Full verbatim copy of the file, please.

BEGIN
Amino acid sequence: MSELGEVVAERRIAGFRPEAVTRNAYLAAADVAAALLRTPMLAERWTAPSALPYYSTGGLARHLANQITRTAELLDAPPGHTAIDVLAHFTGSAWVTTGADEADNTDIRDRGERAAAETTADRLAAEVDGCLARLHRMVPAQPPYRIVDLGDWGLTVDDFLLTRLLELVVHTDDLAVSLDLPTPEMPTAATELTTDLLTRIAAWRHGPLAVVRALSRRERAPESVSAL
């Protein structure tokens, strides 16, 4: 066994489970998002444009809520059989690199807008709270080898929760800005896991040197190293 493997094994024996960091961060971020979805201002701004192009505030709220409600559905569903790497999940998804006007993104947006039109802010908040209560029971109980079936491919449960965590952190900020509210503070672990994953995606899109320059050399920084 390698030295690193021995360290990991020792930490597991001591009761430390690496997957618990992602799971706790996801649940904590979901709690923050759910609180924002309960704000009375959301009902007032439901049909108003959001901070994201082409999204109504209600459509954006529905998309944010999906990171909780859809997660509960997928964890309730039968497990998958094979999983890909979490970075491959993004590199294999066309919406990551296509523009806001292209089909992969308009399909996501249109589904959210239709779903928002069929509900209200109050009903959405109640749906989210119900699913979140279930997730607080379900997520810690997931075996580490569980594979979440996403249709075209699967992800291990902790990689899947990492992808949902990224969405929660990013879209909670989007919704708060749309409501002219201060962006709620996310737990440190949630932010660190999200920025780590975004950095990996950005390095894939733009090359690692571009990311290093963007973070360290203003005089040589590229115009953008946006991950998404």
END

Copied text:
Amino acid sequence: MSELGEVVAERRIAGFRPEAVTRNAYLAAADVAAALLRTPMLAERWTAPSALPYYSTGGLARHLANQITRTAELLDAPPGHTAIDVLAHFTGSAWVTTGADEADNTDIRDRGERAAAETTADRLAAEVDGCLARLHRMVPAQPPYRIVDLGDWGLTVDDFLLTRLLELVVHTDDLAVSLDLPTPEMPTAATELTTDLLTRIAAWRHGPLAVVRALSRRERAPESVSAL
């Protein structure tokens, strides 16, 4: 066994489970998002444009809520059989690199807008709270080898929760800005896991040197190293 493997094994024996960091961060971020979805201002701004192009505030709220409600559905569903790497999940998804006007993104947006039109802010908040209560029971109980079936491919449960965590952190900020509210503070672990994953995606899109320059050399920084 390698030295690193021995360290990991020792930490597991001591009761430390690496997957618990992602799971706790996801649940904590979901709690923050759910609180924002309960704000009375959301009902007032439901049909108003959001901070994201082409999204109504209600459509954006529905998309944010999906990171909780859809997660509960997928964890309730039968497990998958094979999983890909979490970075491959993004590199294999066309919406990551296509523009806001292209089909992969308009399909996501249109589904959210239709779903928002069929509900209200109050009903959405109640749906989210119900699913979140279930997730607080379900997520810690997931075996580490569980594979979440996403249709075209699967992800291990902790990689899947990492992808949902990224969405929660990013879209909670989007919704708060749309409501002219201060962006709620996310737990440190949630932010660190999200920025780590975004950095990996950005390095894939733009090359690692571009990311290093963007973070360290203003005089040589590229115009953008946006991950998404």